Back to blog

Introduction to Bitcoin

Interested in bitcoin but too overwhelmed to get invested (literally)? We get it, and we’re here to help. First, take a look at our recent Intro to Crypto 101 for the basics. Now, let’s get into some of the details you’ll need to invest.

Misconceptions around BTC’s legality can be confusing, and to some, it might seem similar to torrenting movies or music (RIP Limewire). It’s money that isn’t money, but you can spend it like it is money? What?

Further, if you ask the Canadian government (via the people’s proxy, a Google search), you’ll find a confusing answer.

“Digital currencies, such as Bitcoin or other cryptocurrencies, are not legal tender in Canada,” reads the Government of Canada website. “Only the Canadian dollar is considered official currency in Canada.”1

That sounds potentially bad.

So what does this mean for you, your investments, and us, a bunch of bitcoin fanatics? The good news is: bitcoin is legal to purchase in Canada, it’s just not legal tender. This important distinction provides insight on what bitcoin is and how it operates.

Enter: the rabbit hole. But stay with us. It’ll be worth it.

So how does bitcoin work? In short: bitcoin is generally viewed by entities like the Canada Revenue Agency as a commodity (like precious metals) that has value, whereas the Canadian dollar is legal tender (read: cash money) which also has value. That value is created, and interacts with our financial systems, in different ways—even though currency and bitcoin can seem very similar. This might sound confusing, but we’re at the 201-level here people, and we’re not mincing words!

How is bitcoin created?

The first big difference is at the creation of value. Where the Canadian government grants value to the dollar, Bitcoin is instead created by “mining.” And yes, for the most part, the analogy you’re imagining stands.

Just like ol’ Yukon Cornelius out searching for gold (when he’s not helping Rudolph and his friends), bitcoin miners can search for bitcoin, earning cryptocurrency without investing any of their own money. Only where Yukon Cornelius uses a pickaxe, BTC miners use computers.

These miners are charged with auditing and verifying the blockchain rather than prospecting, and the job is a tough one. Miners have to verify 1MB of blockchain, and then must find “proof of work.” This proof is found by using a big ol’ chunk of computing power to find a specific and correct 64-digit hexadecimal number (called a hash) which confirms and validates the miner’s work.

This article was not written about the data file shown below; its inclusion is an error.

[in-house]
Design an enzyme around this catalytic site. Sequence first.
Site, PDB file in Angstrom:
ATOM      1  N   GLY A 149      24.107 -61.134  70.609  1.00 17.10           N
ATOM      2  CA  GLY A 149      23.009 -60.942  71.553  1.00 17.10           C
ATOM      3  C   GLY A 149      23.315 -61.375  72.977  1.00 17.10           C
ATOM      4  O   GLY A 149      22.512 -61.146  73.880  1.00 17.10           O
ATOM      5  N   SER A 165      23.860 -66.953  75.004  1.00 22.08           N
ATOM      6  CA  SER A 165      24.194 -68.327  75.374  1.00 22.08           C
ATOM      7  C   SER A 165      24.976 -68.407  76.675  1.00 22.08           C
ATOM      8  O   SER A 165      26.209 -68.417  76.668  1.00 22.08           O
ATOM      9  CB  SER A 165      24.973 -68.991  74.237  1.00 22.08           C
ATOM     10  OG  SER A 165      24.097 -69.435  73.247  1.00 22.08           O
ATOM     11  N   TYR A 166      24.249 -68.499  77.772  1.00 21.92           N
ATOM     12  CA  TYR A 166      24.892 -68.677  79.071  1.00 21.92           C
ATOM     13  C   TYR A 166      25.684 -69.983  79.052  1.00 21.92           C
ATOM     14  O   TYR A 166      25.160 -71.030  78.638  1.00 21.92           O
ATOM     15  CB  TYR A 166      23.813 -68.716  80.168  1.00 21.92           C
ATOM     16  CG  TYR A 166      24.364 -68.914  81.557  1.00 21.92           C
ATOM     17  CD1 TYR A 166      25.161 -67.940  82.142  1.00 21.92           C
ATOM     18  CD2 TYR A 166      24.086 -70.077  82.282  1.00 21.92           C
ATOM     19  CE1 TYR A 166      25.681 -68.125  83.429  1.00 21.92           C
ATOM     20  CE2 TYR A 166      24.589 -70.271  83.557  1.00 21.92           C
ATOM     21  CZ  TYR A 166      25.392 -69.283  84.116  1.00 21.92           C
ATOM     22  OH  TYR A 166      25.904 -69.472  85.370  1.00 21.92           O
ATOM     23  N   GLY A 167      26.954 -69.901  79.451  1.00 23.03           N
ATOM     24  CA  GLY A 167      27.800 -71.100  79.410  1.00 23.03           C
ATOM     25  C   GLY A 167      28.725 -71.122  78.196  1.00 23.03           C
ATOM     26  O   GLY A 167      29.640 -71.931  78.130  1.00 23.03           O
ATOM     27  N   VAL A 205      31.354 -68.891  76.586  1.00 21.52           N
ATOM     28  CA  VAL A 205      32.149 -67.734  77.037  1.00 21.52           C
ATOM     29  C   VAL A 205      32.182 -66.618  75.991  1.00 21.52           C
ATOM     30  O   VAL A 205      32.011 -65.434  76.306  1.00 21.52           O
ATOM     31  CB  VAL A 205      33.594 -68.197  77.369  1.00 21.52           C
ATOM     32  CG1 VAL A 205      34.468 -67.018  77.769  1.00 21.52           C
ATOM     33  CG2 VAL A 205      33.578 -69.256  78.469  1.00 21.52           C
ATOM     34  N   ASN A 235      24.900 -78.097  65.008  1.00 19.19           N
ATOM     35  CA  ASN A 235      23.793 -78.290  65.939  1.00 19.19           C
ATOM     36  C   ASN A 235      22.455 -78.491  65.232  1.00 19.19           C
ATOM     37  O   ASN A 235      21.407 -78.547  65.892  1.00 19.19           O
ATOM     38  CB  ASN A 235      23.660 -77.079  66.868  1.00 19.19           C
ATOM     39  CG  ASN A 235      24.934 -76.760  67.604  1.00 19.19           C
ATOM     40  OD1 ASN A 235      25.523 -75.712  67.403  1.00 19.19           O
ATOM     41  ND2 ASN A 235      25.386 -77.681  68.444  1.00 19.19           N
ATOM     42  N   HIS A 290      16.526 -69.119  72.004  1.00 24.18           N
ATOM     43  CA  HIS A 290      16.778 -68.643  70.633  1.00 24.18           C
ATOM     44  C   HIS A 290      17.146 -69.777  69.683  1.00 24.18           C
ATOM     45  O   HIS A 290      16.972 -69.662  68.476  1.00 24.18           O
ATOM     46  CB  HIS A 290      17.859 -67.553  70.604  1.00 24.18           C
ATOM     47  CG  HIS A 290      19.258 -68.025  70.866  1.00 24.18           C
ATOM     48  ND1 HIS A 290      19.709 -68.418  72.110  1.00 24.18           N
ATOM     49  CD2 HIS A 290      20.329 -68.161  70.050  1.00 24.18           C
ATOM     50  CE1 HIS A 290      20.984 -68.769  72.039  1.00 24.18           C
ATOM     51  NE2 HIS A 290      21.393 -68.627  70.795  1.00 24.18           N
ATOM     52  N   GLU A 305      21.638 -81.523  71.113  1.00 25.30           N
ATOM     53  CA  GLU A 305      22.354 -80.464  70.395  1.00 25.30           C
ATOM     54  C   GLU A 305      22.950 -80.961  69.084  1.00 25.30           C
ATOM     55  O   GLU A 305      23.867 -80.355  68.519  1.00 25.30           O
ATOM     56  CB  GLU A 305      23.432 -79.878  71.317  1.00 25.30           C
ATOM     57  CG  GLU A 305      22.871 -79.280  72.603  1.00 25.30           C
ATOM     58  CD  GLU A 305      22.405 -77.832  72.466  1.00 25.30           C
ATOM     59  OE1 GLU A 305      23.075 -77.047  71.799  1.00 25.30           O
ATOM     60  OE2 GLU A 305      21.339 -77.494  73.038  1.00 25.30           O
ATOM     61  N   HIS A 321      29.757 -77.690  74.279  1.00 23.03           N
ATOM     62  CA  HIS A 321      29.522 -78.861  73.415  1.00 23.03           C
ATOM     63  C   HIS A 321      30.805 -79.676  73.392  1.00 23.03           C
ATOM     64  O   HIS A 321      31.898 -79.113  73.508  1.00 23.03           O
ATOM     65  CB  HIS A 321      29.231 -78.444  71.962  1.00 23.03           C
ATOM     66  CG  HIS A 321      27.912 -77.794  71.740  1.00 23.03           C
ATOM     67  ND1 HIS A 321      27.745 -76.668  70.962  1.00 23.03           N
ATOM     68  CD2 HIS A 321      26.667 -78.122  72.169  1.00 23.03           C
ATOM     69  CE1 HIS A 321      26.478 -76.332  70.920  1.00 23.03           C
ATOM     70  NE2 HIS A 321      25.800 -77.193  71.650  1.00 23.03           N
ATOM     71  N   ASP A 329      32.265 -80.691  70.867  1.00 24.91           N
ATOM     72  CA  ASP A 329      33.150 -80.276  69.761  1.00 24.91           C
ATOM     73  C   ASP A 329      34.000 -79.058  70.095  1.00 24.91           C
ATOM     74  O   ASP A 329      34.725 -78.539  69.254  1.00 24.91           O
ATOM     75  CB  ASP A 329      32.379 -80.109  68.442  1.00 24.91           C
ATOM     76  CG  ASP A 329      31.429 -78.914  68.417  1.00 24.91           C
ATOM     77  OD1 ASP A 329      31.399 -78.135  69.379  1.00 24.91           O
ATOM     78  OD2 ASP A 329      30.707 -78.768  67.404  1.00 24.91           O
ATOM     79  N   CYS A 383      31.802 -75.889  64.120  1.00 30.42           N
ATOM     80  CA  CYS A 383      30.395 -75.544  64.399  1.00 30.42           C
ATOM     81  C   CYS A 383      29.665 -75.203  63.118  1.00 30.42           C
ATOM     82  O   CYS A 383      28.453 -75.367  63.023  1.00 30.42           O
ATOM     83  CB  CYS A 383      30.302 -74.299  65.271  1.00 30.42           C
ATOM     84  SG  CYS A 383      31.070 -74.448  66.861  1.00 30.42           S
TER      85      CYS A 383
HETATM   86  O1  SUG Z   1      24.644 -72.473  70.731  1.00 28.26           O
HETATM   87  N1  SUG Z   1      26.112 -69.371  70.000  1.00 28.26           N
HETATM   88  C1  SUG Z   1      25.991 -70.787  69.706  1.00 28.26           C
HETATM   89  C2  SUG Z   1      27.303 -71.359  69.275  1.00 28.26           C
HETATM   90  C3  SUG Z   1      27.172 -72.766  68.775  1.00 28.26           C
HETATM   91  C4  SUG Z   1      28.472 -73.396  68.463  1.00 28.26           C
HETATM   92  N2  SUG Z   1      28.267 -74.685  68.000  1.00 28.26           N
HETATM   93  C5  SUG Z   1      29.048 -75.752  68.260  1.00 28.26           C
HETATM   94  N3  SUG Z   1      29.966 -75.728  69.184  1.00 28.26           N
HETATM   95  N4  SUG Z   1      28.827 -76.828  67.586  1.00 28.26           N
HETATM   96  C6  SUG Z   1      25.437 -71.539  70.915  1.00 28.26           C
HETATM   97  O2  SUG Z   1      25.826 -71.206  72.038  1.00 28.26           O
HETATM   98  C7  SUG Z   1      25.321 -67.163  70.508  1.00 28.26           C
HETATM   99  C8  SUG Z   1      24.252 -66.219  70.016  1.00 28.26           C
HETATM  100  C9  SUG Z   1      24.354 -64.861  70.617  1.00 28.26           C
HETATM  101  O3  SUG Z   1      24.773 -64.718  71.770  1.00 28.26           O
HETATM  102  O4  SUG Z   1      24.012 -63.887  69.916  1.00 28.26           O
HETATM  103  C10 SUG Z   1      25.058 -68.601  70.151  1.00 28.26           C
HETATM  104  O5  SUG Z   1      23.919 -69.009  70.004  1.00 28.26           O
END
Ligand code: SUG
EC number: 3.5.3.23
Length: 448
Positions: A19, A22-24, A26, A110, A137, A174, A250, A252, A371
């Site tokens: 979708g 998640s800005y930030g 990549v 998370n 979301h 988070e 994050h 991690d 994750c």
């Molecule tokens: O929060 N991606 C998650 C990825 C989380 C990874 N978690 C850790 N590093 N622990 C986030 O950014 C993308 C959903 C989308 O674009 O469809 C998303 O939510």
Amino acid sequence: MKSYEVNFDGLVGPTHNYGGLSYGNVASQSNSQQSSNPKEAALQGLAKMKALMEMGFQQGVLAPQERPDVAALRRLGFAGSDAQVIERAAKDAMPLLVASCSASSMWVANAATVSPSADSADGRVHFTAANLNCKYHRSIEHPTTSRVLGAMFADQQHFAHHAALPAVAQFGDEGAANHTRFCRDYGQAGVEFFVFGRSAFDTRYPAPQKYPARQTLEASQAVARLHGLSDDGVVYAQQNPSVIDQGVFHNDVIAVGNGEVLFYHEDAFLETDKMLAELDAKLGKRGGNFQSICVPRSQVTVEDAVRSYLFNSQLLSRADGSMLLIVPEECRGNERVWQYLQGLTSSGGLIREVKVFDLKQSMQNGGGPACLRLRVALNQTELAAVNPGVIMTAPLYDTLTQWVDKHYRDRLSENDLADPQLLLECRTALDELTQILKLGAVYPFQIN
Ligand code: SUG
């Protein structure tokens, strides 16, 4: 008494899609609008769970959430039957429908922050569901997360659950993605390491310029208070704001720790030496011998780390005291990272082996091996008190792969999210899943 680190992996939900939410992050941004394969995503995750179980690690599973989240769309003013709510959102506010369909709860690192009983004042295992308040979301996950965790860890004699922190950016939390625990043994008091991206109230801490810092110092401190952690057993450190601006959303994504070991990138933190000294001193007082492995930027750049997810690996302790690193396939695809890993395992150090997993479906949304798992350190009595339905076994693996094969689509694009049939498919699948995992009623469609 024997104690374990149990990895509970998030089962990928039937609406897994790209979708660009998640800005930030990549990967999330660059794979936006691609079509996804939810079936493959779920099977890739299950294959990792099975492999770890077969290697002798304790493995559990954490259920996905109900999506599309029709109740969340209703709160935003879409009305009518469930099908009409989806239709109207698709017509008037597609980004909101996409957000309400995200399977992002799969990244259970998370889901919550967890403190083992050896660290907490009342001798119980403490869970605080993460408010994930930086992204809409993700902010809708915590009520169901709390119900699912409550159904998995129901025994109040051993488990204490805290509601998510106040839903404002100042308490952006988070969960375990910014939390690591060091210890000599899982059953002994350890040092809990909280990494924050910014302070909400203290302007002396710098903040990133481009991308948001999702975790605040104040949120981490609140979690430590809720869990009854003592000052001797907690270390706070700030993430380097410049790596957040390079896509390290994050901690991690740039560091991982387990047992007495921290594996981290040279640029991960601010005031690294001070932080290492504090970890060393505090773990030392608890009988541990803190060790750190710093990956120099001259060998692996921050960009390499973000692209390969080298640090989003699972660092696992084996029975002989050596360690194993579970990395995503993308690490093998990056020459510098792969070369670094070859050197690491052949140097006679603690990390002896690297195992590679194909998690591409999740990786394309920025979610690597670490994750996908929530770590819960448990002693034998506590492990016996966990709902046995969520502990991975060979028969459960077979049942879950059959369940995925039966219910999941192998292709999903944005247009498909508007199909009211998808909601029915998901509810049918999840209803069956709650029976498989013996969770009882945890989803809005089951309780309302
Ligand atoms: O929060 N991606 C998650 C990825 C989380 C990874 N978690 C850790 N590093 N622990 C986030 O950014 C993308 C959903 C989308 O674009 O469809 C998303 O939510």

The course of mining is integral to bitcoin’s functioning: it is the mechanism by which the blockchain is independently verified, and it’s also the only way to release new bitcoin into the system. To make matters more difficult, Satoshi Nakamoto—the person or people who created BTC—ensured it would become harder to mine bitcoin as time went on to ensure the slow dispersion of the cryptocurrency (so if you’re interested in mining, you should start, like, yesterday).

What is a fiat currency?

So BTC is mined, and the Canadian dollar has value… because Justin Trudeau says so? Not quite.

A fiat currency is what most modern countries use as their currency. Back when gold coins were used as currency, those coins themselves had value that was intrinsic. When using literal gold became untenable for pre-modern economies, countries switched to fiat currencies.

Fiat currencies use tokens or representation of money that have no intrinsic value. Our twenty dollar bills don’t have value in and of themselves—the material that makes the bills isn’t worth very much at all. But because our economy is stable and our government has deemed that twenty dollar bill to be worth a fixed amount, we can still use it to pay for goods or services.

This is where bitcoin diverges from national fiat currencies. Bitcoin is like a fiat currency in that it does not have intrinsic value, but it’s different in that it’s not related to any central government or authenticating body. But without being deemed valuable by the government, how can it be used as currency?

Is bitcoin money?

In short, kind of. It is like a fiat currency which is not regarded as legal tender. So bitcoin is legal in Canada, but not as money—rather, as we pointed out above, it is generally recognized by entities like the CRA as a commodity that can be used to barter.

Yes! Bartering, like in the stone ages. We’ll trade you a cool rock for a... goat? Like that, but instead, we’d trade you a bunch of satoshis for a goat. Because bitcoin is regarded in this way, it may be  taxed differently in Canada depending on whether you are buying the currency to invest, or using the currency to buy a product or service.

Okay, let’s test your knowledge. Bitcoin is produced by ______. You can use bitcoin to ______, or to _____. To invest bitcoin, you should check out Mogo’s _________________ for super low fees, fast and free money transfers, and up to date info on your __________ performance.

Did you get it?

This blog post is provided for informational purposes only and is not intended as legal, tax or investment advice. For more information on the tax treatment of bitcoin or other cryptocurrencies, you should consult with a qualified tax professional or refer to the Canada Revenue Agency’s guidance available at:

1 Canada, Financial Consumer Agency of. “Digital Currency.” Aem, 17 June 2016,

What are you looking for?

What are you looking for?